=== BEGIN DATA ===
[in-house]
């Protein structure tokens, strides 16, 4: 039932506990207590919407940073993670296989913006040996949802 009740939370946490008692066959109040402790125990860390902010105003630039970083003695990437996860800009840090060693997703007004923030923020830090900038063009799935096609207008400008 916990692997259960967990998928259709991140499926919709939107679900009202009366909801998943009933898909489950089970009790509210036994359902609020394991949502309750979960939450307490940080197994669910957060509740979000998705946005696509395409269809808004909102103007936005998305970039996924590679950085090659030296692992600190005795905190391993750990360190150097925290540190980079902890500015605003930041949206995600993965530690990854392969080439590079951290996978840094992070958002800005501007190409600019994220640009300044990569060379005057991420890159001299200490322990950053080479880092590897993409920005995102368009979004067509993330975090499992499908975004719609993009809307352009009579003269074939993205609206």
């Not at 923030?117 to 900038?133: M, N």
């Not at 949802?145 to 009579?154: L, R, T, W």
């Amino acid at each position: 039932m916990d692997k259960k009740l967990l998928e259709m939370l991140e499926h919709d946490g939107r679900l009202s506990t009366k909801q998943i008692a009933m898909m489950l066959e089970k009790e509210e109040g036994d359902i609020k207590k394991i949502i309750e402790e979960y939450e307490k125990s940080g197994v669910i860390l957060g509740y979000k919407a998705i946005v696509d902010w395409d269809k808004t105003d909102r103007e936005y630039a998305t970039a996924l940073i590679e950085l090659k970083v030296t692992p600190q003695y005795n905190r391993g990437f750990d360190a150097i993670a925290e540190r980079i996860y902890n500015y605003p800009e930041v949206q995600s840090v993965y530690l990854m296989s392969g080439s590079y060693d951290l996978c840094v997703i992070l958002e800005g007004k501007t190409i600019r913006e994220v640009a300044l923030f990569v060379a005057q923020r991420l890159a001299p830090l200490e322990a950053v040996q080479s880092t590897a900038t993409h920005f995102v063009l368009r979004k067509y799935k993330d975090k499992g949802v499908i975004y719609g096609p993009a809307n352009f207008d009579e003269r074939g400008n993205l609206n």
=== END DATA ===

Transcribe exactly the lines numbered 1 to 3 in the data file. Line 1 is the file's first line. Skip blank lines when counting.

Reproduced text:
[in-house]
């Protein structure tokens, strides 16, 4: 039932506990207590919407940073993670296989913006040996949802 009740939370946490008692066959109040402790125990860390902010105003630039970083003695990437996860800009840090060693997703007004923030923020830090900038063009799935096609207008400008 916990692997259960967990998928259709991140499926919709939107679900009202009366909801998943009933898909489950089970009790509210036994359902609020394991949502309750979960939450307490940080197994669910957060509740979000998705946005696509395409269809808004909102103007936005998305970039996924590679950085090659030296692992600190005795905190391993750990360190150097925290540190980079902890500015605003930041949206995600993965530690990854392969080439590079951290996978840094992070958002800005501007190409600019994220640009300044990569060379005057991420890159001299200490322990950053080479880092590897993409920005995102368009979004067509993330975090499992499908975004719609993009809307352009009579003269074939993205609206």
């Not at 923030?117 to 900038?133: M, N």